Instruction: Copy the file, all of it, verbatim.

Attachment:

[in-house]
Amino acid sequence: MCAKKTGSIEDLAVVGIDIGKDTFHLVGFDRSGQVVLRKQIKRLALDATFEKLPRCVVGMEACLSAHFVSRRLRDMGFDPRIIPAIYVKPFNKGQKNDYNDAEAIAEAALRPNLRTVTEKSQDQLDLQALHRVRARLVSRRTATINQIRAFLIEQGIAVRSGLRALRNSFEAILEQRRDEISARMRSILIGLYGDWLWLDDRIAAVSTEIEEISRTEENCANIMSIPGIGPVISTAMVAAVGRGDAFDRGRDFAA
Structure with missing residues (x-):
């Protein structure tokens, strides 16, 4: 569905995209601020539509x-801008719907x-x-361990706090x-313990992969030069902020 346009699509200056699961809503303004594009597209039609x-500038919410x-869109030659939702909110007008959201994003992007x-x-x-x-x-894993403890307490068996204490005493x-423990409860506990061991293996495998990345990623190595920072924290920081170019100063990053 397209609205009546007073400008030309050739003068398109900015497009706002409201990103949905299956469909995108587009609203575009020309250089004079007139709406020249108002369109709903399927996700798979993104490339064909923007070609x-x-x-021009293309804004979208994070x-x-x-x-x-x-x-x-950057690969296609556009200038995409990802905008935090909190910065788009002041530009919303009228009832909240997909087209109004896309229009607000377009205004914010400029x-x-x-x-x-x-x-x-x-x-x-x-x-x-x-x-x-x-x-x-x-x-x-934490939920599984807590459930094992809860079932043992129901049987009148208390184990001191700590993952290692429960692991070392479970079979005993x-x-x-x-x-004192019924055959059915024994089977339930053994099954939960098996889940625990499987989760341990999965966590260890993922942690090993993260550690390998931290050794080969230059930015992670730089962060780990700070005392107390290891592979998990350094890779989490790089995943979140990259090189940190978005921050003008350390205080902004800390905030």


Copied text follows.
[in-house]
Amino acid sequence: MCAKKTGSIEDLAVVGIDIGKDTFHLVGFDRSGQVVLRKQIKRLALDATFEKLPRCVVGMEACLSAHFVSRRLRDMGFDPRIIPAIYVKPFNKGQKNDYNDAEAIAEAALRPNLRTVTEKSQDQLDLQALHRVRARLVSRRTATINQIRAFLIEQGIAVRSGLRALRNSFEAILEQRRDEISARMRSILIGLYGDWLWLDDRIAAVSTEIEEISRTEENCANIMSIPGIGPVISTAMVAAVGRGDAFDRGRDFAA
Structure with missing residues (x-):
């Protein structure tokens, strides 16, 4: 569905995209601020539509x-801008719907x-x-361990706090x-313990992969030069902020 346009699509200056699961809503303004594009597209039609x-500038919410x-869109030659939702909110007008959201994003992007x-x-x-x-x-894993403890307490068996204490005493x-423990409860506990061991293996495998990345990623190595920072924290920081170019100063990053 397209609205009546007073400008030309050739003068398109900015497009706002409201990103949905299956469909995108587009609203575009020309250089004079007139709406020249108002369109709903399927996700798979993104490339064909923007070609x-x-x-021009293309804004979208994070x-x-x-x-x-x-x-x-950057690969296609556009200038995409990802905008935090909190910065788009002041530009919303009228009832909240997909087209109004896309229009607000377009205004914010400029x-x-x-x-x-x-x-x-x-x-x-x-x-x-x-x-x-x-x-x-x-x-x-934490939920599984807590459930094992809860079932043992129901049987009148208390184990001191700590993952290692429960692991070392479970079979005993x-x-x-x-x-004192019924055959059915024994089977339930053994099954939960098996889940625990499987989760341990999965966590260890993922942690090993993260550690390998931290050794080969230059930015992670730089962060780990700070005392107390290891592979998990350094890779989490790089995943979140990259090189940190978005921050003008350390205080902004800390905030």